Fit-for-duty testing proposed for SC EMS agency's personnel

Functional capacity evaluations would be done in pre-employment process and annually to reduce workers compensation claims


By Christina Cleveland
Aiken Standard

AIKEN, S.C. — Aiken County is looking to implement a pilot program to test its EMS workers and ensure they are fit for duty, which County officials said would benefit employees, residents and could also save the County thousands.

The pilot program would be for County employees and would include EMS, paramedics and the Hazmat team.

Through the program, nearly 80 EMS workers would receive functional capacity evaluations, meaning they would be tested on their strength, ability, cardiovascular fitness and endurance for performing the work they’re required to do on the job, Aiken County Human Resource Director Gayle Wolman said during a committee meeting ahead of this month’s County Council meeting.

Wolman called it a “mini test,” around 20 to 30 minutes.. While they’re being tested, their hearts and respiration also would be monitored.

“You can’t fake it,” she said. “So if in 10 to 15 minutes, you’re showing physical signs of stress, you’re physically not fit for duty.”

Wolman told the committee the idea is to help the County in the pre-employment process but also down the line, to help with risk management and workers compensation claims. Last year, the HR director said the County had eight workers compensation claims within a period of six months – three that were for backs, and two of the workers were out for six months.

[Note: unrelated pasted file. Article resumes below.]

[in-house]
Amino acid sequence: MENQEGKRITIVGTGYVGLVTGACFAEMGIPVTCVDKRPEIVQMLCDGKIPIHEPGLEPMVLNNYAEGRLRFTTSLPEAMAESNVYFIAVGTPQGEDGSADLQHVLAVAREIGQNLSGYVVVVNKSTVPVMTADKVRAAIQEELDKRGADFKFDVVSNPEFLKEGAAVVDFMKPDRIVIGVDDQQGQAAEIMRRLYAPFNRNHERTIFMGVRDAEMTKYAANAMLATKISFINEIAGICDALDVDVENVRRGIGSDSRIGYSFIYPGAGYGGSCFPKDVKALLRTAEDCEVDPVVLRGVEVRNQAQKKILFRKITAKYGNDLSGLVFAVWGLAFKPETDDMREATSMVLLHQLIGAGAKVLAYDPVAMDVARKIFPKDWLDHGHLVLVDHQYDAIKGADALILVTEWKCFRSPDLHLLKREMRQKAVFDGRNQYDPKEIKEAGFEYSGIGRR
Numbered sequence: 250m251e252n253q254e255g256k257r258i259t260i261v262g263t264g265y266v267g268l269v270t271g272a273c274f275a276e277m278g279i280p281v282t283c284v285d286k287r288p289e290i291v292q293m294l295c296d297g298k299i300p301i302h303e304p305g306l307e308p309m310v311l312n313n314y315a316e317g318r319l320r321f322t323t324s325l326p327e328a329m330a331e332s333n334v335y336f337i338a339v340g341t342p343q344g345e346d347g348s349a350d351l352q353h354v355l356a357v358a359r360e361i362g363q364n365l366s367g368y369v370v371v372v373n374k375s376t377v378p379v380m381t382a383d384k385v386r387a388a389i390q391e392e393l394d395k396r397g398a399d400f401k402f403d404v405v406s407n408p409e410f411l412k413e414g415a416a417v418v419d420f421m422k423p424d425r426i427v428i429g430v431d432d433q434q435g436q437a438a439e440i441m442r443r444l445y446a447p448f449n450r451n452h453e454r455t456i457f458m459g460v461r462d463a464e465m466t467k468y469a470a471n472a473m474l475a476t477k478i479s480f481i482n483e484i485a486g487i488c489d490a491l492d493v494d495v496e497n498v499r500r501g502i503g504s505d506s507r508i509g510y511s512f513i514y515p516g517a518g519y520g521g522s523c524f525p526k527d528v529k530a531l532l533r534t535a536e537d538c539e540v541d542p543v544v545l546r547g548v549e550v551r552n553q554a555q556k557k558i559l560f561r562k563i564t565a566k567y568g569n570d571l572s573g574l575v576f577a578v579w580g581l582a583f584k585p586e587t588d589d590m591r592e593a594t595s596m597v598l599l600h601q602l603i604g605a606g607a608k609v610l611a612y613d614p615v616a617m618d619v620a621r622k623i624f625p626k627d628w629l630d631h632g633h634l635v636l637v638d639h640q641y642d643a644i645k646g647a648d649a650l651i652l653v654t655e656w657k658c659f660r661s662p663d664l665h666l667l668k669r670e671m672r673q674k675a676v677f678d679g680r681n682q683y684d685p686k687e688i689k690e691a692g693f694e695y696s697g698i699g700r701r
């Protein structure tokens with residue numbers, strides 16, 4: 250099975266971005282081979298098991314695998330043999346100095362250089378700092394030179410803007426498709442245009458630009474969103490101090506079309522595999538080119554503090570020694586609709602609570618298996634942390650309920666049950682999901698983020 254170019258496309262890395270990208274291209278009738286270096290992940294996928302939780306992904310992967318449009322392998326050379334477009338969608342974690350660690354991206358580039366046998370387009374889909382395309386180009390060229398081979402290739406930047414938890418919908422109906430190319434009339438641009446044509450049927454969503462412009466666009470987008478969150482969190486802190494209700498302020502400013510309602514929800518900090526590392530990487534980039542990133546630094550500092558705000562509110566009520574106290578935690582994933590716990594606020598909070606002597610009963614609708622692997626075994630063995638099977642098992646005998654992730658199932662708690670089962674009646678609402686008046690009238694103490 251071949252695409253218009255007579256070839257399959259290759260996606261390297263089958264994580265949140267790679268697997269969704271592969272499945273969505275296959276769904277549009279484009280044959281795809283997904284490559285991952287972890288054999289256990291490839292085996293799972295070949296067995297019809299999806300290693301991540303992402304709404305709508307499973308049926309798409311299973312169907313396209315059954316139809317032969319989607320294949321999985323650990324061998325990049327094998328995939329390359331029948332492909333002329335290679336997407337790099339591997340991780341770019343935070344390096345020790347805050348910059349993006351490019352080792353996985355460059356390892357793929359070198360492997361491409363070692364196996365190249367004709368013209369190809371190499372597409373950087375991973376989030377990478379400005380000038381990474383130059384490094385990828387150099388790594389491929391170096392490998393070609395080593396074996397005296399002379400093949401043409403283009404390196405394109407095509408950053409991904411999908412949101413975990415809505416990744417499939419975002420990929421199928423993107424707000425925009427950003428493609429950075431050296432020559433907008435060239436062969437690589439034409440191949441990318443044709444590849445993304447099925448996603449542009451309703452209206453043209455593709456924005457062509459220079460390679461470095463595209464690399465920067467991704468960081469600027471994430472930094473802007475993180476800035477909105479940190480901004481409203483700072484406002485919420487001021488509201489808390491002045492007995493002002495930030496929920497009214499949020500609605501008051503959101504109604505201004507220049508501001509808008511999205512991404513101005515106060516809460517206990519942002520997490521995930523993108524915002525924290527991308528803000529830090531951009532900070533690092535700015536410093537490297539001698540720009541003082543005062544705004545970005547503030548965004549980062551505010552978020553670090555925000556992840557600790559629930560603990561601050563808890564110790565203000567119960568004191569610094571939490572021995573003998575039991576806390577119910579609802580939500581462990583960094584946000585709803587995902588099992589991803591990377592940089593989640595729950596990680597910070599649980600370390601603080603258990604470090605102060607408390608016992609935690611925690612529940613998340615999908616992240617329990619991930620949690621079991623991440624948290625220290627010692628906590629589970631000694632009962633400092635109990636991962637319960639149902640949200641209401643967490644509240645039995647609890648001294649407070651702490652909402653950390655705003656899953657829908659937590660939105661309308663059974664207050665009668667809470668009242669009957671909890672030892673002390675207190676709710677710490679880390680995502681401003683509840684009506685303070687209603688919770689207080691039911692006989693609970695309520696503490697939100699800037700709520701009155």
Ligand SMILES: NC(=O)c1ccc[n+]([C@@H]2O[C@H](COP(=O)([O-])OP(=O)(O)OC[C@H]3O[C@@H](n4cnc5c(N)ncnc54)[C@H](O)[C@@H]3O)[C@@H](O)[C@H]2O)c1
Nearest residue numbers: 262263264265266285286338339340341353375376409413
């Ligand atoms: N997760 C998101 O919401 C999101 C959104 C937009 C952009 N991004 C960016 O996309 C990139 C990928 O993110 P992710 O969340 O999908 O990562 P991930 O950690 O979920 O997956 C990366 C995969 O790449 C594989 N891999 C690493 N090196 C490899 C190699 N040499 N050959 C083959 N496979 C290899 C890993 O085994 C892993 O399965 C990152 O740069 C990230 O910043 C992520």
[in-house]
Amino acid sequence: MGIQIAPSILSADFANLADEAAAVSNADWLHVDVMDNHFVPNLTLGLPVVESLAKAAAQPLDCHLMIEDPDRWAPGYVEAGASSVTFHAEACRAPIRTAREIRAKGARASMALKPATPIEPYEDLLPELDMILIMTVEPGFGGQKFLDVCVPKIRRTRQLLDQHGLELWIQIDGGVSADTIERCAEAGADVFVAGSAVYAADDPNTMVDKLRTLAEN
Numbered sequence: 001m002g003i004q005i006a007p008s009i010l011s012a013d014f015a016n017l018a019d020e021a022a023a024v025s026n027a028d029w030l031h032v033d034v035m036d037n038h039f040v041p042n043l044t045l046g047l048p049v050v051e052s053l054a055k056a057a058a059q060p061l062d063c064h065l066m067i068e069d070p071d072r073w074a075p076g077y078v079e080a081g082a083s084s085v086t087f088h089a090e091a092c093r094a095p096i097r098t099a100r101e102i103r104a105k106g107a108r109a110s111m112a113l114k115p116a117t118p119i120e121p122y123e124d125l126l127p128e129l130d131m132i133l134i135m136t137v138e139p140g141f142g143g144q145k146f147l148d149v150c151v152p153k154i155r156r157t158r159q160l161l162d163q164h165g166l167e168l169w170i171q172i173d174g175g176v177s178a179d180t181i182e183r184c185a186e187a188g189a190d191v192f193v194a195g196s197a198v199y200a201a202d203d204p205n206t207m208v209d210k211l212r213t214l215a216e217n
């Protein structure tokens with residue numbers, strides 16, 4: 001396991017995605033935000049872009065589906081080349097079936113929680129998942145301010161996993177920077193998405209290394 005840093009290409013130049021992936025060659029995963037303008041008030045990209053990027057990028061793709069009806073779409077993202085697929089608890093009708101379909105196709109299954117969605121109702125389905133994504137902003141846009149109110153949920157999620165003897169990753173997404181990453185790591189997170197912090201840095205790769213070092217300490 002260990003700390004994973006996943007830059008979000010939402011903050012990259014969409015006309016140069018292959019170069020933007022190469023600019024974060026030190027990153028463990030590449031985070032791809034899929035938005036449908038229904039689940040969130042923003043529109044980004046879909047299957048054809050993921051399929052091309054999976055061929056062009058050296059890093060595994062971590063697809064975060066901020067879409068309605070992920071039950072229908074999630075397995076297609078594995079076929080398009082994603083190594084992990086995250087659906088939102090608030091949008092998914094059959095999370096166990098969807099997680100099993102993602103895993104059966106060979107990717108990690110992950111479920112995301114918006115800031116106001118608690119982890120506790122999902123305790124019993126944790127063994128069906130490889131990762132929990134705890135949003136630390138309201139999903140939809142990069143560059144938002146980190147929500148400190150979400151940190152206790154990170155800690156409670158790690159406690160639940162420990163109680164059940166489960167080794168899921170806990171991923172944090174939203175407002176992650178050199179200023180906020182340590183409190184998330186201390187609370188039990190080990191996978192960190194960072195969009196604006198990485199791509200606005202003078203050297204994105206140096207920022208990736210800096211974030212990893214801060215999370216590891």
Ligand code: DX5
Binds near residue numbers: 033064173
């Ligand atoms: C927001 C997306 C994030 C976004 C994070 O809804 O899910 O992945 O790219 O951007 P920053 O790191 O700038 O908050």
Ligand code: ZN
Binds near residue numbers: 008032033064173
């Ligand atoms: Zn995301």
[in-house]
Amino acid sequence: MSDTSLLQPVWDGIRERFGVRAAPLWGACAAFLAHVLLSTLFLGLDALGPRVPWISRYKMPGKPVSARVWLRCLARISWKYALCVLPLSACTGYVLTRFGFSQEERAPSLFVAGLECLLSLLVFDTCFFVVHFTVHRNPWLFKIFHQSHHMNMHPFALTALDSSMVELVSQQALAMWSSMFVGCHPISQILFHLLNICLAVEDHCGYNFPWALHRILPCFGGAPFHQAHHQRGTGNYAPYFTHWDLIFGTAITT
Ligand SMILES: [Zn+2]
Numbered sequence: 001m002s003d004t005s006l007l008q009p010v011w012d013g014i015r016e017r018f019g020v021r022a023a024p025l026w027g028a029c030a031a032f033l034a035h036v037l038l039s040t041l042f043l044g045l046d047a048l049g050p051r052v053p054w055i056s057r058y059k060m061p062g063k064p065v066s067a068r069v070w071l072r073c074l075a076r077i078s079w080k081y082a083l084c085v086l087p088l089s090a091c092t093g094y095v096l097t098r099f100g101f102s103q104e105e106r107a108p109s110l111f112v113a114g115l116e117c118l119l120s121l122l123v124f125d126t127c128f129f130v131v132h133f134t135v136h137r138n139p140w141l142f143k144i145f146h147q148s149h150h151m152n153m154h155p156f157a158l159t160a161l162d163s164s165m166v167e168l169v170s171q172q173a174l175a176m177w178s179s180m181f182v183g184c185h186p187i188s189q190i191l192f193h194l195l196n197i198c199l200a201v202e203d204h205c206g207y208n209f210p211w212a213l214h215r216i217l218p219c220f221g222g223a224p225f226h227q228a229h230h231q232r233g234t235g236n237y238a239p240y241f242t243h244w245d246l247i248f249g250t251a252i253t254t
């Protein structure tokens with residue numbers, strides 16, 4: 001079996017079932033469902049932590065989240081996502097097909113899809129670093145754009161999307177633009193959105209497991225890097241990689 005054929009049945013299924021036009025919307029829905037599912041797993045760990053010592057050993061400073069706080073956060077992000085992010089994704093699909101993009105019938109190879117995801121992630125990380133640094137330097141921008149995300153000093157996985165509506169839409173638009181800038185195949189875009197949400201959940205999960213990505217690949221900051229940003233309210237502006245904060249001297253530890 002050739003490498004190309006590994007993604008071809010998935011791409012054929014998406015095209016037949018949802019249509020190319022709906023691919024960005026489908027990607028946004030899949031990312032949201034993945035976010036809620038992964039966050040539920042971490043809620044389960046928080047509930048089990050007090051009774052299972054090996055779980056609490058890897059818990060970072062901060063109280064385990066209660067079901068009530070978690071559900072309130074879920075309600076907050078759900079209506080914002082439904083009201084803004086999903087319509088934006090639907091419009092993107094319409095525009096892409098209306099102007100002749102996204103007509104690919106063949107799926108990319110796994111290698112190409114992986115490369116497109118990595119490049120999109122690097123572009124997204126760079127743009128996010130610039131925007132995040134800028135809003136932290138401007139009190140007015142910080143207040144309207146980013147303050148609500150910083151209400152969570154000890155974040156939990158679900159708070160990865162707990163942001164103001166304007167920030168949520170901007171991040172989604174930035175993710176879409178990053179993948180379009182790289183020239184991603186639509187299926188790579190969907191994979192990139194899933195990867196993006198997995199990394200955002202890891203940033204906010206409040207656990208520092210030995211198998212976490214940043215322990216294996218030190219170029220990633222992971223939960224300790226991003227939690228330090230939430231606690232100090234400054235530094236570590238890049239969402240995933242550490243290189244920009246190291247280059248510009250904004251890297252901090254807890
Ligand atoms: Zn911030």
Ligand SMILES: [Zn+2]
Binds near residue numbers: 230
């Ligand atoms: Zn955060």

“That’s a big price tag,” Wolman said. “So we believe, as a pilot program, this might be a way to try out another methodology for both screening hearts and also managing them on annual basis and to make sure people that stay fit while they’re here.”

Assistant County Administrator Andrew Merriman said at the meeting the County is hoping to save around $15,000 a year with the program.

“This is an effort to save money and the bottom line is that it would be beneficial to Aiken County,” he said. “… Our current health care screening process has some glaring holes and so the idea is to start the pilot program to better vet those people that are in the field.”

Wolman told Council members the Aiken County Sheriff’s Office has annual physical fitness tests they must pass, but EMS does not currently have something similar in place.

EMS workers complete a physical and there are two sets of medical information provided to the County – a self disclosure form and the doctor’s visit, she said.

For the program, the County will next move to the procurement process, Merriman told the Aiken Standard on Wednesday.

“The first step is going to find and vet the private-sector providers for this kind of screening. It’s not something we’re prepared to do in house,” he said, adding some possible providers have been identified.

To create the test, a ride-a-long would be completed and the County’s medics would be followed around for a 24-hour period on their trucks to determine aspects like how many steps they take, how many times they lift and the weight they lift.

If EMS workers do not pass the examination, the County would work with a nurse to put them on a health improvement plan, Merriman said.

“We’ve got to honor the employees rights, too, and give them the opportunity to rectify,” he said during the committee meeting. “… It would be annual. You’ve got one year from the day of failure to show significant improvement and then show improvement along the way to show you can get to a point where you can do those things.”

Officials are hoping for an August implementation but because if it doesn’t work is a pilot program, it could be dropped or replaced.

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©2016 the Aiken Standard (Aiken, S.C.)

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